Leinsdorf’s conception of the education of an interpreter is grounded in a unified view of human consciousness and creativity. While it is fashionable to emphasise the near-exclusive importance of inspiration to music, Leinsdorf argues for a fusion of grace and intellect: “It is unfortunate”, he writes, “that intellect has been made into an antipode of emotion and inspiration necessary to create great works. Inspiration and intellect are not incompatible; they must complement each other if a composition is to be a masterpiece. We can feel awe at the unfathomable and at the same time recognise the importance of conscious thought and effort.” (CA, 23)

The interpretation of music requires a critical capacity and the search for its meaning demand a critical effort. This focuses on questioning the ideas and clichés which are inherited or accepted and which can determine a prevalent perspective of a musical work. In the context of a performance tradition and readily available interpretations of musical works, critical reflection enables the interpreter to qualify or suspend accepted beliefs thus clearing the path for a new and illuminating conception of a particular work. Critical reflection and creativity are mutually informative. The former suspends habitual modes of thinking through questioning of ordinary responses and interpretations. It leads to an uncovering of new potential and thus a stimulation of creativity and creative initiative. The latter makes proposals and projections which must be questioned and tested. In the interpretative context, some but not all creative ideas are worthy of survival. Some but not all charismatic visions deserve an audience. In addition to aesthetic and spiritual enchantment critical reflection and artistic conscience determine what has a right to survive here.

Musical performance as interpretation thus benefits from reflection. It is fundamentally dependent on the will to engage with letter and spirit of a score – a will to truth. This includes a need to suspend an often predominant concern with the ego of the performer. “Vanity”, Leinsdorf writes, “is indeed the archenemy of the interpreter, because it interferes with his ability to receive messages from other minds. Freischwebende Aufmerksamkeit (“free-floating attention”), a technique that is the sine qua non of dream analysis, is in my view the essential quality for a great interpreter. Unfortunately, the consensus has been that those performers who exhibit the oddest, most flamboyant or most eccentric personalities have the greatest talent. This may seem true, as long as we do not know the composers they perform too intimately. If we do, the performer’s idiosyncrasies and vanities rise to the surface like oil in water.” (CA, 49)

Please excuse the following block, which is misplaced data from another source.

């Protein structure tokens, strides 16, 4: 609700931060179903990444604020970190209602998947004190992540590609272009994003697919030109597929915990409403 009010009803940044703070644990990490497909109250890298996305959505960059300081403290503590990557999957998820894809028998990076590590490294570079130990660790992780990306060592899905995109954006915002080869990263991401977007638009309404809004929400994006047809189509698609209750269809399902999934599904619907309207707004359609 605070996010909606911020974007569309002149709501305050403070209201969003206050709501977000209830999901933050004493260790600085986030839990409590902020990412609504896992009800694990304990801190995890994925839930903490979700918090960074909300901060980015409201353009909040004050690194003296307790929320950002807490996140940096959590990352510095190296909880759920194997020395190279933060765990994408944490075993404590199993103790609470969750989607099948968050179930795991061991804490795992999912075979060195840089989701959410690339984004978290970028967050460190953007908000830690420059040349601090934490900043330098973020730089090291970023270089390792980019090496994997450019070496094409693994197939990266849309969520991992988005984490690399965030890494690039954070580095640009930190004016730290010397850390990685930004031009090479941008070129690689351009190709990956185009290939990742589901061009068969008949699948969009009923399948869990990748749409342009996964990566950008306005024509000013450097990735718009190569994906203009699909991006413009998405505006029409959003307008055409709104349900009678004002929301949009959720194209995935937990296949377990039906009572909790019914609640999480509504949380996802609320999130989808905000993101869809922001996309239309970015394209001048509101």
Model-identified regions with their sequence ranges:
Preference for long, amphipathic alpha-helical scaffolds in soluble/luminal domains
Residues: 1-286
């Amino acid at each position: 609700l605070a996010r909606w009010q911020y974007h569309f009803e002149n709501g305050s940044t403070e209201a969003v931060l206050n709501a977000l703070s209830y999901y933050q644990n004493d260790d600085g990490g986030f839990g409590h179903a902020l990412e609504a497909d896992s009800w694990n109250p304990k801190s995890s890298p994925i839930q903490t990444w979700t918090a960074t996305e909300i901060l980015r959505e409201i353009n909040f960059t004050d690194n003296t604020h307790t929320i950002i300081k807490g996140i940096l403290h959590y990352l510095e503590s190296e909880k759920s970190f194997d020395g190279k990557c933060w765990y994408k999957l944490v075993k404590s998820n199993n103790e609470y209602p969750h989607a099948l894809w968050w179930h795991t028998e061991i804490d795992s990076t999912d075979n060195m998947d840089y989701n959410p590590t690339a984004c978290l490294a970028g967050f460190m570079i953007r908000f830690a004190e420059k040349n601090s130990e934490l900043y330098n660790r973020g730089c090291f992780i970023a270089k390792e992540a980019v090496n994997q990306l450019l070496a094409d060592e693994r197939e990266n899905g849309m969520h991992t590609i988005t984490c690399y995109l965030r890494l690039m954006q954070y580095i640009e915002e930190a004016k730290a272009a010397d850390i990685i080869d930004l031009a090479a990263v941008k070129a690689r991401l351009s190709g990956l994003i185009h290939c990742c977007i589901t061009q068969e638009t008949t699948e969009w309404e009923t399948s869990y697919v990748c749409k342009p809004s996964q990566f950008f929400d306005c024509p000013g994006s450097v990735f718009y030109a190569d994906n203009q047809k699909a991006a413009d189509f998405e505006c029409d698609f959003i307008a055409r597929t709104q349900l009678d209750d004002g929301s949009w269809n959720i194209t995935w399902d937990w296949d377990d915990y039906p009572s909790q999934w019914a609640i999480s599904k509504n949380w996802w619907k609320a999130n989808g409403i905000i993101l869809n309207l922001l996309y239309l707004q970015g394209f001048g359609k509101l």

Musicians seem to play multiple roles. Some of these require a presence of a strong and unyielding ego. Others require – what we may call with Leinsdorf – freely suspended attention, ie. an attention that is disinterested to the concerns of its ego but merely present in the pursuit of meaning. We call the latter ordinarily listening. In the case of my faint conductor the roles may become increasingly determined and narrow: an extreme sense of entitlement and importance and a weak sense of responsibility and conscience lead to spiritual deafness. This freezes authentic interpretative engagement – not a good prospect for the musician. While he remains suspended above an abyss of groundless satisfaction those condemned to make music with him experience the absurdity and despair of nonsense.